Review by Melissa Oliveira
We were still in the early days of this pandemic — nominally spring, though in Berlin it still felt like winter — when I first started noticing the signs in the grocery store. Taped to the wall at about shoulder height, they read Zuhause nicht sicher? in bold red letters: Not safe at home? Below the words was a row of tear-off strips with contact information for an agency that helps victims of domestic violence. At this time, the news covered the virus in China, Italy and France, and we knew it was already here. So when cases were still exploding from ski resorts and carnival celebrations, and we received our orders to stay home except for exercise or essential trips, these signs began to catch my eye. After awhile, I started noticing them affixed to Morris columns and lamp posts and the corrugated metal blinds that cover the shop windows overnight, all asking the same important question: Not safe at home? Around the same time, fresh graffiti appeared nearby that read Stay home before we all die! Timing and strange circumstances locked these two messages together in my mind. On one side, home is a place of protection for self and others. On the other, home is a place that’s far from safe; in fact, the UN recently described domestic violence as a “shadow pandemic” growing alongside Covid-19.
These two messages were often on my mind while I read Bobi Conn’s new memoir of rural poverty and domestic abuse, In the Shadow of the Valley (Little A, May 2020). “Home,” Conn writes early on in her book, “Can anyone define that? For some, it’s simply where the heart is. Cross-stitch that and hang it on a wall. For the rest of us, it’s a negation: where I’ve never been.” Home, if we’re talking about the house Conn grew up in, is a place of violence, drug abuse and pain: a house tucked inside an isolated and beautiful eastern Kentucky holler, built on “dark and bloody ground.” Like any fairy tale forest, the holler is rife with danger, which Conn contends with throughout this coming-of-age story. This ranges from the depressed economics of Appalachia, with its “the poverty boom-and-bust lifestyle” and opiate addiction, to the brutal physical and emotional violence regularly meted out on the family by Conn’s father. Throughout the book, Conn gains an education that allows her to claw her way out of these circumstances, but continues to grapple with a degree of self-loathing that is palpable on the page. She struggles with substance abuse that periodically sabotages everything she’s worked for. She remains tragically vulnerable to predatory men — men who also go to Rainbow Gatherings and appear to share her beliefs, desires and love of music but who still try to isolate and control her.
Conn’s will and grit are evident on the page; though she repeatedly faults herself for her silence she nevertheless gets herself to a safer, saner place in life. In addition, Conn’s careful, lyrical attention to the natural landscape of Kentucky make up some of the best parts of the book. These sections are rich with her voice and interwoven with observations about the people she grew up around. Take this section, for example: “A holler is a place … where the sun takes a little longer to show itself in the morning and falls to sleep behind the hills a little sooner. Someone’s always discovering the treasures buried in hollers — lumber, mineral rights, gas rights — and when they’re not ravaging the forests we explored as children… when they’re not ravaging our minds with OxyContin and cheap heroin and low-paying jobs and Mountain Dew and broken schools, it is us doing the ravaging.” In these sections, Conn explores the deep, painful contradictions of her world in scene and image.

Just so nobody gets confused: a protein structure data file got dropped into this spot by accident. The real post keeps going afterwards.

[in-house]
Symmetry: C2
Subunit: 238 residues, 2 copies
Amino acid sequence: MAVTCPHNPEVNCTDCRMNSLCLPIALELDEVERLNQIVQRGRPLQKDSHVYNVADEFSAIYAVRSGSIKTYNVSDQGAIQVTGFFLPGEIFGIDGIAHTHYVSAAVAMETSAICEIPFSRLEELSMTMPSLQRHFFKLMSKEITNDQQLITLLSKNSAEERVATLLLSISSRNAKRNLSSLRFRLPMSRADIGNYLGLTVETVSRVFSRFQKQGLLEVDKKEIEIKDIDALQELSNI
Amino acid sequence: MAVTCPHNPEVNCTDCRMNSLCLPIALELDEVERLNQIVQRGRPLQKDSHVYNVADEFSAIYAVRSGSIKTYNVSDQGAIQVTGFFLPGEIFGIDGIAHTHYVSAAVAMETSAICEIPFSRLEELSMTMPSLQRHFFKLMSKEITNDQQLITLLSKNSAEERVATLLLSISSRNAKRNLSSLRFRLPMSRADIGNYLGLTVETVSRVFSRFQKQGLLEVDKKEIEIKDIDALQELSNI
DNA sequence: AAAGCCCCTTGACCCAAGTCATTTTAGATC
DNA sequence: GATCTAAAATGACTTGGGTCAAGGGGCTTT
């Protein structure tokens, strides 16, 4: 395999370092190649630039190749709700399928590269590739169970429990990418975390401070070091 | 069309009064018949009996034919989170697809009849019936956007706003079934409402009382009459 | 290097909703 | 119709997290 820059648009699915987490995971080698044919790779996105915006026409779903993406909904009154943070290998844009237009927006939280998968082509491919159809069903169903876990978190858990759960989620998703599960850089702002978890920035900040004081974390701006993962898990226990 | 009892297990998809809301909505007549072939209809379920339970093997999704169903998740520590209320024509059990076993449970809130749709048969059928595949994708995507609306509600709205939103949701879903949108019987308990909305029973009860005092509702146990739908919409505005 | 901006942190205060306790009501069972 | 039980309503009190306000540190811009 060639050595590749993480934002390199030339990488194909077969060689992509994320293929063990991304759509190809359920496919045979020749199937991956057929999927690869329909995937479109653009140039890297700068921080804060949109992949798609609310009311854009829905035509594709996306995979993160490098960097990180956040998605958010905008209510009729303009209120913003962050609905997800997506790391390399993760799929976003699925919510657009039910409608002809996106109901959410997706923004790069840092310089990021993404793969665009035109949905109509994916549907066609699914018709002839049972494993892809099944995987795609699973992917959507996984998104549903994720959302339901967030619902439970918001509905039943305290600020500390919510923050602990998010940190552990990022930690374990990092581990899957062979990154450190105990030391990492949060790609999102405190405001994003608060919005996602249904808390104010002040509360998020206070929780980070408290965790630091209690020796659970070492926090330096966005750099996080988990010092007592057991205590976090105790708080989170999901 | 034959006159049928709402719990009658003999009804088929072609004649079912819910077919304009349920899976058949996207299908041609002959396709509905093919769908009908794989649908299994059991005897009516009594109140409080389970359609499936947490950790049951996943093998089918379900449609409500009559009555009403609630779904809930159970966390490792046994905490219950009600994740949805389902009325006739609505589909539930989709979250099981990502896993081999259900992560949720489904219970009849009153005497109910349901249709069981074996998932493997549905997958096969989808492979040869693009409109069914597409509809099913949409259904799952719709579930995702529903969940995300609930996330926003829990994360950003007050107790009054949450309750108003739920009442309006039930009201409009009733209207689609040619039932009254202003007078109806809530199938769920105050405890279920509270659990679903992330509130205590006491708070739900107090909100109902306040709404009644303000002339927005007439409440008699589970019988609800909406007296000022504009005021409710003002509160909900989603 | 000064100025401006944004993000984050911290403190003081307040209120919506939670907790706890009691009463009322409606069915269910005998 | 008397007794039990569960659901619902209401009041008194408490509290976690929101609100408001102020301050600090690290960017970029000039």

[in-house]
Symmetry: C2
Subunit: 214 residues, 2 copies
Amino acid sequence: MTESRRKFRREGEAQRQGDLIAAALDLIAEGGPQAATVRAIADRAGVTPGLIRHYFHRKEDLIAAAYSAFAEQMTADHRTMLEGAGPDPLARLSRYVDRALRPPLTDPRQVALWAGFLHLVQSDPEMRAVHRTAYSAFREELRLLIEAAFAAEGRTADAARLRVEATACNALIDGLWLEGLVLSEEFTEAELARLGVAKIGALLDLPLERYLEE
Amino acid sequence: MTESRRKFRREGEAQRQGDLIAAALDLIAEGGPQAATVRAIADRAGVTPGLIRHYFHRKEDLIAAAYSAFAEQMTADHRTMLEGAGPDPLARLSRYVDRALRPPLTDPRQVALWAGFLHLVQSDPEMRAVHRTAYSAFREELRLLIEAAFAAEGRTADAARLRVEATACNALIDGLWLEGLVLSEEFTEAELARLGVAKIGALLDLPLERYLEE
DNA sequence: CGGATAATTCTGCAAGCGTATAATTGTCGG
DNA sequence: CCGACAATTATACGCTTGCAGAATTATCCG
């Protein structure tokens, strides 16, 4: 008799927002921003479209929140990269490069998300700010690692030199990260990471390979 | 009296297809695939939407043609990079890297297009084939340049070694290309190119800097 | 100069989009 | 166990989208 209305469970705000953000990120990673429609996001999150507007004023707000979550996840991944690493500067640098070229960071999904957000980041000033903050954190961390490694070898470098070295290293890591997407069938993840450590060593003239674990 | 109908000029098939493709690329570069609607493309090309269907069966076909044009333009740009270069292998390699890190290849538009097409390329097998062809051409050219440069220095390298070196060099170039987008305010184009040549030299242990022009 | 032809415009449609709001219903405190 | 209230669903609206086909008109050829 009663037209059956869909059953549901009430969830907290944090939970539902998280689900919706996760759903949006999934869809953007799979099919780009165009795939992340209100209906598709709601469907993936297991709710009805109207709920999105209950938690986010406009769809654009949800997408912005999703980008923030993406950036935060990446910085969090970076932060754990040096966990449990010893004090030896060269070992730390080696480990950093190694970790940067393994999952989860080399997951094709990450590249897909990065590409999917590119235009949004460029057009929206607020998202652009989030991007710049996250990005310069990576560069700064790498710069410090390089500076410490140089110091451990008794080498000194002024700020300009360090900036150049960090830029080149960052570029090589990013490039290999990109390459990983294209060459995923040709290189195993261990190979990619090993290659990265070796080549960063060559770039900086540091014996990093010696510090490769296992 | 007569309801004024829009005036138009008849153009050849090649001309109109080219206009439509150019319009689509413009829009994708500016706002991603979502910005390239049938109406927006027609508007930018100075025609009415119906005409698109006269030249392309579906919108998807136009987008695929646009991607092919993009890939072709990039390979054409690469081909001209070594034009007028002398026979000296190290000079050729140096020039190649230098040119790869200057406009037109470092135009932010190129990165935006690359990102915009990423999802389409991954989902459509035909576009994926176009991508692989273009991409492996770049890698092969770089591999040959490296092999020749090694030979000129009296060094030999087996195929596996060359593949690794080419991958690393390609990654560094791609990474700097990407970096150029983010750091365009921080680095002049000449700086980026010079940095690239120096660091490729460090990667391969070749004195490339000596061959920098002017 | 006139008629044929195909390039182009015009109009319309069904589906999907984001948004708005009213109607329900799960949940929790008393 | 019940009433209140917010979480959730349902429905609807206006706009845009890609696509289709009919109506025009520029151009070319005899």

Often, however, the narrative veers away from these scenic storytelling and falls into a mode that feels distant and removed. At its weakest points, the book can feel more like autobiographical reportage than memoir, its structure reduced to a collection of isolated, unconnected episodes that never cohere into something greater. With reported event following reported event, the book begins to lose momentum around the halfway mark. The narrative instead seems to wheel away from any larger structure or theme. I did not feel rooted in the kinds of strong scenes on display earlier in the book until Conn connects with her grandmother and observes her father’s life without having to be subject to his abuse. There’s a deep and complicated resonance in those sections.
Readers who enjoyed The Glass Castle by Jeannette Walls and Educated by Tara Westover may also be drawn to Bobi Conn’s In the Shadow of the Valley; there is some overlap in the subjects of rural poverty and childhood neglect. But though the raw materials are all here to make a great memoir in the vein of those other works, the book falls somewhat short of the mark when it eschews larger thematic concerns for episodic storytelling. Nevertheless, it is a memoir about life in a region I don’t get the opportunity to read about often, with a unique history and voice.